Another Christmas is upon us. Christmas carols are playing on radio stations, the decorations are sparkling and the shopping season is winding down. The first Christmas, of course, wasn’t anything like this: there were not any of the decorations and the merchants certainly had not been anticipating the day. On the first Christmas, the people went about their business oblivious, not recognizing the Christ. Decorations aside, is that really any different today?
The few people aware of the birth of Christ and interested in celebrating his birth were an unlikely lot. At first, shepherds, the bottom of the social totem pole in Israel, perhaps regarded slightly more highly than tax collectors, but perpetually ritually unclean and on the margins nevertheless. These were followed some point later by Gentile astrologers – the Magi or “wise men” – also an unlikely group to recognize the Jewish Messiah.
Even later in life, when Jesus started his ministry proper at age thirty, few recognized him for what he was. In Luke 4, the evangelist recalls Jesus speaking before the people of his hometown of Galilee. Blinded by the mundane, contemplating what this man, who had grown up under the ordinary carpenter Joseph, was saying, they could not hear truly hear what he was preaching. By the end of Jesus’s “sermon,” the people were trying to throw him off a cliff.
Within church going circles today, we often read passages like that and think about our own society. How are people today failing to recognize Christ and his message? At Christmas, there are a few touchstones that become clear: whether people say “Merry Christmas” or “Happy Holidays,” whether a city tries boldly to put up a nativity or favors a safer Santa statue. These causes have been championed under the banner of making sure people realize “the meaning of the season.”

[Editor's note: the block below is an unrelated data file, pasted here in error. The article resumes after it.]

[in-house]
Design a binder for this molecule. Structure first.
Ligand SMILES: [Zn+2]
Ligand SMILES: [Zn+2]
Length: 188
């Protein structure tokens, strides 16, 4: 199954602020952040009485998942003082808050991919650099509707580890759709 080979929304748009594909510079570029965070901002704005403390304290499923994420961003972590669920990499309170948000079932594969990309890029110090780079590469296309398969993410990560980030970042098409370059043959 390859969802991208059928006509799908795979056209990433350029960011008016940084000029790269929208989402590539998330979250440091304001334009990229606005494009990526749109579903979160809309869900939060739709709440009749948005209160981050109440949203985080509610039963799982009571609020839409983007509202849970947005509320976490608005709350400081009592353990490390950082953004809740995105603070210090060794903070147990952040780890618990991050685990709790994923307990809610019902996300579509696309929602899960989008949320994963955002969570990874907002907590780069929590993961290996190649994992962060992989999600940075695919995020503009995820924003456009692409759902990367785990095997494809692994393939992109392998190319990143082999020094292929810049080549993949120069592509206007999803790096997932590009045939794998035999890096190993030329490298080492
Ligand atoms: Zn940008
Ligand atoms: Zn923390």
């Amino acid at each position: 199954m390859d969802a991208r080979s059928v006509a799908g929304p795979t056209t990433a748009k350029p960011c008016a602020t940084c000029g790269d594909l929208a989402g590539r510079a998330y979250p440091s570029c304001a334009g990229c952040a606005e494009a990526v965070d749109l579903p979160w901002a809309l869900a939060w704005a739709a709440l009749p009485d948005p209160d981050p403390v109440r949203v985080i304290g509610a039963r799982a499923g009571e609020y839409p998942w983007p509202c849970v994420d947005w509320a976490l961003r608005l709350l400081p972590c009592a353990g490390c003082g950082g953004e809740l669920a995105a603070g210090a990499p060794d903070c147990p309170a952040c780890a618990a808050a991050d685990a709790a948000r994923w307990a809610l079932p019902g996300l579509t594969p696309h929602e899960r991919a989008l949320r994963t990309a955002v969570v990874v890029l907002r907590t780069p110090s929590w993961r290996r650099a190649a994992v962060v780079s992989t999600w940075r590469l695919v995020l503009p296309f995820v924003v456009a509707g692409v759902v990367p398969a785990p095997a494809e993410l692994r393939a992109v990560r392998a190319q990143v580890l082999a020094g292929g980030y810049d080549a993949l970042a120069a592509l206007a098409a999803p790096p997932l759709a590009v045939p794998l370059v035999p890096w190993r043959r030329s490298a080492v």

But, Christ isn’t such a safe figure as to allow us to merely focus on what “the other” – those not putting enough “Christ in Christmas” – are doing. The failure to recognize the Christ in the Gospels falls closer to the failures within the Church than in society.
The people who rejected Christ in his hometown were not the irreligious tax collectors and sinners. They were not those too busy mowing the law or watching the big Jerusalem-Bethlehem football game to show up at synagogue. The people who were irate and missing the Messiah right in front of them were the good, church attending folk.
As we contemplate the mystery of God becoming incarnate in flesh, fully God and fully man, self-reflection is demanded of every person. How are we missing Christ this very season?
Christ came not to champion his own rights. Nor did he come to seek to bring himself the praise of the people. He did not come to form a powerful political movement or build a beautiful building. He came to proclaim the arrival of a different sort of kingdom, one formed by the joining together of all who believed by way of the Holy Spirit. He came to be humiliated and die for the very people who rejected him. He came to show God’s love.
And so today, as we hear the message of the birth of Christ, every Christian ought to reflect on how we too can humbly come before the world and show God’s love. And for those who do not truly put their faith in him, the question remains, what are you going to do with this child in a manger?
Christmas Day demands not our defense of the day, but our living out of the miracle of that day each and every day. When we do that — that is when we avoid overlooking the Christ right before us.
Timothy R. Butler is Editor-in-Chief of Open for Business.